If we paid for everything that is put into a horse, very few of us would be able to afford one.  All along the way, people are willing to lose money (the cold, hard cash kind), in order to be able to "afford" a horse.
No wonder the asking price for a 10 year old talented Grand Prix horse is over $250,000.00. You do the math.
But maybe these calculations will make you understand why there is so much variation in price in horses.  When it comes time to sell your horse, the price is not generated by how much you have spent, but rather, what the market will bear for YOUR horse, with his particular set of circumstances at that point in his life.  I think with this in mind, buyers may appreciate a breeder's perspective a little more.  
Now here is a bare-bones cost calculations, without taking some indirect costs into account (like mare depreciation, a lesser quality stallion, pasture only, feed just to keep minimum weight, owner administered shots, minimal trimming, no labor figured in, no training, no showing, etc.) 
Cost at birth-- $5205.00
Cost at weaning (3 months)--$5451.00
Cost at 3 years old-- $10,137.00
Again, that price is barebones, and doesn't really reflect the time and effort put in (everyone's time is worth SOMETHING!) And who would want an untouched 3 year old that has had substandard care for his entire short life, much less pay $10,000.00+ for it?
The bottom line is, that if you are getting a pleasant, healthy horse that is ride-able for less than $50,000.00 you are getting a bargain.  If you are getting a horse that has a good temperament, solid basic dressage training, has been shown, and has fairly good gaits for less than $50K, you are getting much, much more than you "paid for".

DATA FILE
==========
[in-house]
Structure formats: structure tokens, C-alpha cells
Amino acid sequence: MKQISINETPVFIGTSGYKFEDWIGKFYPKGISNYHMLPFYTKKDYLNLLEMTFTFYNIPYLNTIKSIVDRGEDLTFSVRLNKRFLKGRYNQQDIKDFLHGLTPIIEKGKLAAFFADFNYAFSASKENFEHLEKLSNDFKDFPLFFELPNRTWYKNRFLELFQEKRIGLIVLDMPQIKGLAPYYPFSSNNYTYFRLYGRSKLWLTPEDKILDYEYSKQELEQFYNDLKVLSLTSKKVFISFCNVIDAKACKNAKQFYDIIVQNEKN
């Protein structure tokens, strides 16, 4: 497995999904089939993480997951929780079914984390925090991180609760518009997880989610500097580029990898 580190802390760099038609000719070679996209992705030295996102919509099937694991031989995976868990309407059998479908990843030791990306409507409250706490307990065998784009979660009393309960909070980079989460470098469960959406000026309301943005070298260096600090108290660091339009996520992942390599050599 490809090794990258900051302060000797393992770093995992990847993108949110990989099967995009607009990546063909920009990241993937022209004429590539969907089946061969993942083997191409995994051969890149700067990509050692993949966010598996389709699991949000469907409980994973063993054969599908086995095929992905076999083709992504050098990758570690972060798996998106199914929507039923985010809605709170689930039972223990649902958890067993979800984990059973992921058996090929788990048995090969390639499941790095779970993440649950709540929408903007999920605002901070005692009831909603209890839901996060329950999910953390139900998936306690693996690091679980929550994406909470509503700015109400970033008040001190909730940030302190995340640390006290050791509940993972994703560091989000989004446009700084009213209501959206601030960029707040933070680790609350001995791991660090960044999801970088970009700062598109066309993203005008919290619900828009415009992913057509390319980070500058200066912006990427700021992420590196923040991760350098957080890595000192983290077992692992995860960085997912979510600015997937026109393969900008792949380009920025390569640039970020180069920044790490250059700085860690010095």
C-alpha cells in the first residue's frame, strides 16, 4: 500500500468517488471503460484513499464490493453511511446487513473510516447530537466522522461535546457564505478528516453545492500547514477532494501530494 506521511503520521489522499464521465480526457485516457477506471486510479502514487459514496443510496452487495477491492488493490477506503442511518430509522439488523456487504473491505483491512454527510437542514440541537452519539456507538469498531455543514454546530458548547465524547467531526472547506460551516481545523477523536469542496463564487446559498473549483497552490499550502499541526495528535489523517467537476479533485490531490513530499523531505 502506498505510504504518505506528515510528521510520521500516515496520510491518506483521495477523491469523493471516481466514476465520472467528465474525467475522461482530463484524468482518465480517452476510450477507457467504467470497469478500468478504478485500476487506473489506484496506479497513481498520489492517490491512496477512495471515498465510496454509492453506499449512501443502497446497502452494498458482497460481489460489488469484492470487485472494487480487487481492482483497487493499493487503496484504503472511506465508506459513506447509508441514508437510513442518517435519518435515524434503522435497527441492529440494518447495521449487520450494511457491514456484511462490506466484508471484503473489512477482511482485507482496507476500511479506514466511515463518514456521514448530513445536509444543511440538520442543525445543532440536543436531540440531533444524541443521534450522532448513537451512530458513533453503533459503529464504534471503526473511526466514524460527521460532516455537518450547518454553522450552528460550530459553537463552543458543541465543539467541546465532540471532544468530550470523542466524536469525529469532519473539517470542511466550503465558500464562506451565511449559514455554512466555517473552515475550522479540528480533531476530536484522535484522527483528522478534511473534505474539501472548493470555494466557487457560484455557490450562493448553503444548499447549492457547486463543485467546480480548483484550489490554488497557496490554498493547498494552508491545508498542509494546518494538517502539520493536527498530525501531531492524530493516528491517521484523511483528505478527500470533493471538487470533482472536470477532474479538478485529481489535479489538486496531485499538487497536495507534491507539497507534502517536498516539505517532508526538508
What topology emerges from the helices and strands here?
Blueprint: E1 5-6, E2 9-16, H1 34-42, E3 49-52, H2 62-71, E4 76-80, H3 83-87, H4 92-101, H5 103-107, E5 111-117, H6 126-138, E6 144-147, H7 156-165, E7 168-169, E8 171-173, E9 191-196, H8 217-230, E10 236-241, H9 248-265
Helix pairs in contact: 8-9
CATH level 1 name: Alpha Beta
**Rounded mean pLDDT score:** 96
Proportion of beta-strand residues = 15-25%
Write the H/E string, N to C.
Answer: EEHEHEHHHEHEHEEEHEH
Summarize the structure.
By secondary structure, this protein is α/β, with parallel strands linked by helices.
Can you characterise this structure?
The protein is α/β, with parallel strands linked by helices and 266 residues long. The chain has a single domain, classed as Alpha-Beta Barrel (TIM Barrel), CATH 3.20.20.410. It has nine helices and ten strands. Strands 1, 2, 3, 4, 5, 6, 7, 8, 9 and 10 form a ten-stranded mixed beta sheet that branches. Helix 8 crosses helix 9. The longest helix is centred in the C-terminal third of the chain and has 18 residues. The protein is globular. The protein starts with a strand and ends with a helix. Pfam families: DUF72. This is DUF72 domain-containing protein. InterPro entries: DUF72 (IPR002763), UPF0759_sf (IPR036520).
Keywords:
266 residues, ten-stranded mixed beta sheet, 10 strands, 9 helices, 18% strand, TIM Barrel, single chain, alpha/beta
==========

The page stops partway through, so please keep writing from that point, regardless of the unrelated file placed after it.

Conversely, an ill-tempered, untalented or badly trained horse (or even a horse that is just not suited to the kind of riding you want to do) is worth LESS than nothing.  Because at best, it will cost you more money and give you no pleasure, and at worst, it can kill you.  I am not kidding.  I am not exaggerating.

If you are having trouble believing me, do some honest calculations of your own.  I didn't even include farm and pasture management and maintenance, insurance, taxes, or salary for the farm owner/breeder.

Both categories--buyers AND sellers also need to understand that a horse puchase is like a car purchase...fully 90% of us will never recoup our investment in dollars.  Horses generally DEPRECIATE much like a car does; quickly at first, levelling off after a while, and settling into a minimal selling price as the horse ages and is ridden.  And gas, oil and tune-ups (feed, hay, and training) are never recouped.


  1. If you want to own dressage horses then you are going to need dressage horse trainers. The reason for this is that there are so many different parts of the dressage horse trainers art that the rider and horse must master and be aware of.

  2. I agree, Nwosu. That is why I incorporated the price of good training into the price of the horse. :-)